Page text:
“You remember the first time we met, don’t you? You were in the same position I was in. Basically securing shelter. The winter was brutal and neither of us wanted to be out in it. But there we were together in that empty room.”
The overweight cat sprawled across the island in the kitchen. His black and white face surrounding his green eyes glanced back. Then continued to stare.
“You were thinner than. I was too. I’d come off the midnight turn, change out of uniform, and head this way. Walk through that dilapidated addition into this cold, dreary abyss of a house. It reeked of desperation, begging to be restored. But, man, what a project! One I could not have accomplished without your help.”
A long stretch, his black and white paws reaching past his head and missing tail. A big yawn told me he knew what I was going to say next. Like, yeah, I was here. You know back when I was still one piece.
“That's funny furball. But we found the future together, side by side. It was you who convinced me to start with that single receptacle in what we hoped would be Sweetpea’s office. She knew that right away. But the look on the real estate agent's face was priceless as we walked through this dump for the first time. She forgot the For Sale sign had fallen over in the yard and was lost in the overgrown grass. It was dark and damp, old, yellowed trim stacked in corners, and exposed wire in the crumbling plaster ceiling. But Sweetpea loved the tall windows that let in just enough natural light, the house felt like it still had some life in it. And she was ready to resuscitate it. Me, you know cat, I just followed along wincing at the amount of work necessary to make it even livable.”
The furry rascal curled his head towards a callused hand for an ear scratch that came automatically.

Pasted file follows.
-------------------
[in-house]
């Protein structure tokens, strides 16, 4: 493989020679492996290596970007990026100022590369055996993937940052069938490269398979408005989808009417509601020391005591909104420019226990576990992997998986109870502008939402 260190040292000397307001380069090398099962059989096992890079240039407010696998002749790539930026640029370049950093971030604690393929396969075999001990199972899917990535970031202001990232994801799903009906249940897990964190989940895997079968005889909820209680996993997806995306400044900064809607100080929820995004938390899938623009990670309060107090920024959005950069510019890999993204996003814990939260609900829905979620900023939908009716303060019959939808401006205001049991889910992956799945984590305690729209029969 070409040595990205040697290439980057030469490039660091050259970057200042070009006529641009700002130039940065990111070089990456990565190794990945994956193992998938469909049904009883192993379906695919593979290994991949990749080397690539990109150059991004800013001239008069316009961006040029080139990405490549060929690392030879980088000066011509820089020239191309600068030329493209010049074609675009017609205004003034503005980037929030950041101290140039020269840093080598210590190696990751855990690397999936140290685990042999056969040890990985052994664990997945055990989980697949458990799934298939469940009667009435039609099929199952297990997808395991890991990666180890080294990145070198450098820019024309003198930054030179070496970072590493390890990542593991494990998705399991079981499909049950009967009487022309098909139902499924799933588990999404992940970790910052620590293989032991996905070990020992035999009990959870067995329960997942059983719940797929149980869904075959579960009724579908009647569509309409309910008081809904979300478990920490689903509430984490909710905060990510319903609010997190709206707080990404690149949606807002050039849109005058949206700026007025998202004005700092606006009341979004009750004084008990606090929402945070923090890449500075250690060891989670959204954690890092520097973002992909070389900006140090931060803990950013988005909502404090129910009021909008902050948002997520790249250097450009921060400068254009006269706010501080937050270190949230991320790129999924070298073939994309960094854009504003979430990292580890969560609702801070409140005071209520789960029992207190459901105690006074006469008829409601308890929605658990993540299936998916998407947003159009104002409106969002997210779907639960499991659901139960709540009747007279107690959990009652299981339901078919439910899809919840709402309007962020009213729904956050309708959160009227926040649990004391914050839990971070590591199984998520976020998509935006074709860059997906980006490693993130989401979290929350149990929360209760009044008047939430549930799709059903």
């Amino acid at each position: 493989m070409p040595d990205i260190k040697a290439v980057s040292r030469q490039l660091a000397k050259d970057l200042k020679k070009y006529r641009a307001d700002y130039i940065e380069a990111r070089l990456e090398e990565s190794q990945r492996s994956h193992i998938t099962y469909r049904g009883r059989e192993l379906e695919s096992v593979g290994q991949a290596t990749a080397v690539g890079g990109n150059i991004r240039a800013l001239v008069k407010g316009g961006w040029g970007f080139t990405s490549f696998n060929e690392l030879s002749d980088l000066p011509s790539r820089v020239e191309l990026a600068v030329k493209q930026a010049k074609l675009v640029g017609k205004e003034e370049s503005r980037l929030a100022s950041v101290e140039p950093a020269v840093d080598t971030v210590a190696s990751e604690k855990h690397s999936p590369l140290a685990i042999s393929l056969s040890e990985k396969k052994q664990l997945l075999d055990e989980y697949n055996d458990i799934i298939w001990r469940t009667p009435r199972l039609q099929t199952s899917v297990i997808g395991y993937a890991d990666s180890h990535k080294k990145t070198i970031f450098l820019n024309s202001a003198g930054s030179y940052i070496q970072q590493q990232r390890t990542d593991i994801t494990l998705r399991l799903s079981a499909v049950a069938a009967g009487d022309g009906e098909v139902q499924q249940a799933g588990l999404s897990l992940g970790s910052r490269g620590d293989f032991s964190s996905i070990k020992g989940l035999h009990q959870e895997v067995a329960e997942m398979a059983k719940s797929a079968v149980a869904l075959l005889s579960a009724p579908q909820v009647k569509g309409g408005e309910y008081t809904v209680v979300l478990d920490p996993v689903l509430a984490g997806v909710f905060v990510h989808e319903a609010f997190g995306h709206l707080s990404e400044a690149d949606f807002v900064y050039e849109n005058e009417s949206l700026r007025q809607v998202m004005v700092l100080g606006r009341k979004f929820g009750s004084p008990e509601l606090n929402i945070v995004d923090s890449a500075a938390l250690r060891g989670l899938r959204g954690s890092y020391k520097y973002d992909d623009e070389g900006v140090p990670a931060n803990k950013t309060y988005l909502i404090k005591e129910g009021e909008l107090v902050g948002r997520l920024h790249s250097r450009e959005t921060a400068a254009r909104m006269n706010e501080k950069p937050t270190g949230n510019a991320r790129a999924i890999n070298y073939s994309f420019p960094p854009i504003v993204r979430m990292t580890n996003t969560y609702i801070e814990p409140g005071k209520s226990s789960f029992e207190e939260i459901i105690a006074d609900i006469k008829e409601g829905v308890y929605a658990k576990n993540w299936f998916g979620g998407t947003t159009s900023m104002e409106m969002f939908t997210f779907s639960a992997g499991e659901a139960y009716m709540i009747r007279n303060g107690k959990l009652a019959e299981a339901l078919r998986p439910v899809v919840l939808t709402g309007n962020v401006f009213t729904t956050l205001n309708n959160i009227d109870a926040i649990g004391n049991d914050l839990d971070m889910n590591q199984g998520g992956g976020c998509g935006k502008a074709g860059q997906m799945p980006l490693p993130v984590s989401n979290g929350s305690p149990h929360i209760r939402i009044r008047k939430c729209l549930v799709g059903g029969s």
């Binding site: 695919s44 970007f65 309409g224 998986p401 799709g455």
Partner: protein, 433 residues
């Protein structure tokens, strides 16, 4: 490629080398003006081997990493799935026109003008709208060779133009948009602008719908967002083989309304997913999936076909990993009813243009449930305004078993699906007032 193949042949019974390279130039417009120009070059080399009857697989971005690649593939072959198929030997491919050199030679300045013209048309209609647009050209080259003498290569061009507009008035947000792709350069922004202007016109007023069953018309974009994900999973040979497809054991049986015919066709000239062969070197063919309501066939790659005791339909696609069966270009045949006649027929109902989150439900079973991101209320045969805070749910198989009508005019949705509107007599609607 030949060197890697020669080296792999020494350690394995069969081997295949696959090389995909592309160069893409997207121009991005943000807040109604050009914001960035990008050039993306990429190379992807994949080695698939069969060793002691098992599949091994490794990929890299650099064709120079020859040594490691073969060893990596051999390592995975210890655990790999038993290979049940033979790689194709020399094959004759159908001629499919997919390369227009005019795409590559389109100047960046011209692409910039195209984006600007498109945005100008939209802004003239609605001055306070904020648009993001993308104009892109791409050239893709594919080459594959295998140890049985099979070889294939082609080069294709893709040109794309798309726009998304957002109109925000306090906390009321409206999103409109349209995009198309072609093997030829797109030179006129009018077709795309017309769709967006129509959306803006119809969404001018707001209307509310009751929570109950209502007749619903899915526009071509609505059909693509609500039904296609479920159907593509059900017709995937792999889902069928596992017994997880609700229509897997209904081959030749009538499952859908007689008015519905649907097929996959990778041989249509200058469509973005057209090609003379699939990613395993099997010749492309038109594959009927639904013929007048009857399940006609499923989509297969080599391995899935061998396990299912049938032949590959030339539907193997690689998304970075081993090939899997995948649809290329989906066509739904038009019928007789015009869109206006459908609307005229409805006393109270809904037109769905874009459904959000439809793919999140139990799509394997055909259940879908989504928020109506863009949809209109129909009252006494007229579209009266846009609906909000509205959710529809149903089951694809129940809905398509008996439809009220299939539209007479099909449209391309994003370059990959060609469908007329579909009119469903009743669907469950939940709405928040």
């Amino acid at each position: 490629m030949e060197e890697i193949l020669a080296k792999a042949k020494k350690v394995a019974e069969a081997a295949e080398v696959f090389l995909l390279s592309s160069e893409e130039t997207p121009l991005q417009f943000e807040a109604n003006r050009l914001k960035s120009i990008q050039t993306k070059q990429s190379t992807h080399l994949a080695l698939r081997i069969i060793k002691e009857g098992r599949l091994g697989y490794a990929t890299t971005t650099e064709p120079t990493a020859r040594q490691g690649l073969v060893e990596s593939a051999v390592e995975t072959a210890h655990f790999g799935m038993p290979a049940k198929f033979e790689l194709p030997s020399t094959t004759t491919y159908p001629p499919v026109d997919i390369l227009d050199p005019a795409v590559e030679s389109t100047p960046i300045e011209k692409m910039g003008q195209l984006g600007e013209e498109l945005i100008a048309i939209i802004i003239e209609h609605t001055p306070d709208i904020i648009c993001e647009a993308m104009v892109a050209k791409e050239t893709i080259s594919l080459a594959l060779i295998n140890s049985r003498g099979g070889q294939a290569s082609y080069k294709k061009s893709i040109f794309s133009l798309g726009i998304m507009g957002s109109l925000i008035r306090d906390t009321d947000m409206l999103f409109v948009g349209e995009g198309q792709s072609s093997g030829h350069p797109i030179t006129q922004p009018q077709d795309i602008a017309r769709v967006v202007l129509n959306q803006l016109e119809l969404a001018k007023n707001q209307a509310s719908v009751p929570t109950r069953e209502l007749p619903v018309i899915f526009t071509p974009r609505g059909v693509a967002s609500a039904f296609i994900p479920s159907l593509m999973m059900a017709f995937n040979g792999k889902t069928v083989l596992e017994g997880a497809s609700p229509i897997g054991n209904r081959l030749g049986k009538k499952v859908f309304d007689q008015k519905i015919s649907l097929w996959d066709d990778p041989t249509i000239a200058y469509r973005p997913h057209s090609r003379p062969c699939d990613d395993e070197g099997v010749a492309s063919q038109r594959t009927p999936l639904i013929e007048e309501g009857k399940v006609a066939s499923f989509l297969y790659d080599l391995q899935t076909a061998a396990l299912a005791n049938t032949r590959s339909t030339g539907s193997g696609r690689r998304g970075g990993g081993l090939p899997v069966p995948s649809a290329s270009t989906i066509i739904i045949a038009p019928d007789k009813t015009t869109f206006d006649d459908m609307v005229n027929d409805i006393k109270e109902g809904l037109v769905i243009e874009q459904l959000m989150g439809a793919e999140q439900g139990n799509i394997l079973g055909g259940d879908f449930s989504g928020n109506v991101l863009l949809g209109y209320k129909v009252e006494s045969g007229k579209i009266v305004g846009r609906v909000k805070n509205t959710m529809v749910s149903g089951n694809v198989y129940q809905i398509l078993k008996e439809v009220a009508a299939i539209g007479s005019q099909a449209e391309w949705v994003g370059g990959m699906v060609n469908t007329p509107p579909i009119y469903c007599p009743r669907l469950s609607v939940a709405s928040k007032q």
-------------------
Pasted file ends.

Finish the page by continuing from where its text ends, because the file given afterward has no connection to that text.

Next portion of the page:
“But there she went, knowing what she wanted despite all that was happening at the time. She didn’t flinch. So I knew I couldn’t either. She explained in detail what would occur. This window will be moved from here to there and that space will become a fireplace with shelves on either side. Again that look from the agent. But Sweepea showed the strength and confidence that could only allow this whole thing to happen. I didn’t know where the money would come from and I supposed my miter saw and a small box of tools, along with my limited experience would be responsible for this endeavor. So, I nodded and said I like it. Good Idea. Very good thinking, I can see it now. And when asked, can that be done? I always answered anything can be done. Which is true, right?”
The furry hand just nuzzled itself into the scratching post fingers.
“You don’t have to answer that. It’s rhetorical. But you knew that, didn’t you?
The cat responded with a raspy purr.
“Ah fella, you’ve seen some stuff, haven’t you? Especially that night, that had to be terrifying. But we don’t have to talk about that right now. But like I was saying. We were both underemployed, fighting to pay the mortgage because we hired someone who didn’t think paying payroll tax was important. Instead, we have to refinance the house t an exorbitant rate. They appraised houses drastically higher than they were worth. We were lucky though, people in Vegas, and Atlanta got crushed. Upside down hundreds of thousands of dollars. Some say people should know better. But hindsight doesn’t sit a the dining room table explaining to you the best way to feed your family at the time. Decisions are made at the moment for the moment. The rest is seen when time reveals it. But that’s neither here nor there. And we find ourselves in those pivotal moments. Like sitting at that receptacle. I stared at it. Stared at it for a long time. I was cold, even under three layers. The damp rooms were colder than the outside most of the time. But there I sat staring at the corroded, outdated, and definitely not code receptacle. And it stared back, challenging me to start somewhere. To do anything. Now we had the house, through sheer will and a little help from the mother in laws small line of credit. Sweetpea wrote a letter to the property owners who resided on the other side of the country. She explained our situation and promised that this house would be lived in. That we would not rent it, flip it, or burn it down. But raise a family in it. Rebuild it for our kids. And as you would come to find out our dog.
The furry face did not crack a smile.
“Yeah, that was a surprise for you. That little shih tzu was not impressed with you and I believe you found her as distasteful as anything you’ve ever encountered. Well almost. But she didn’t know you as I did. She was never working on the plumbing in the dank crawlspace with only a headlamp worried about what kind of animal would try to rip my face off when I encountered it. She wasn’t there when you’d sneak in and run your tail over my ear and cheek causing me to smash my forehead into the floor joist, imprinting the butt of the lamp into my skin.”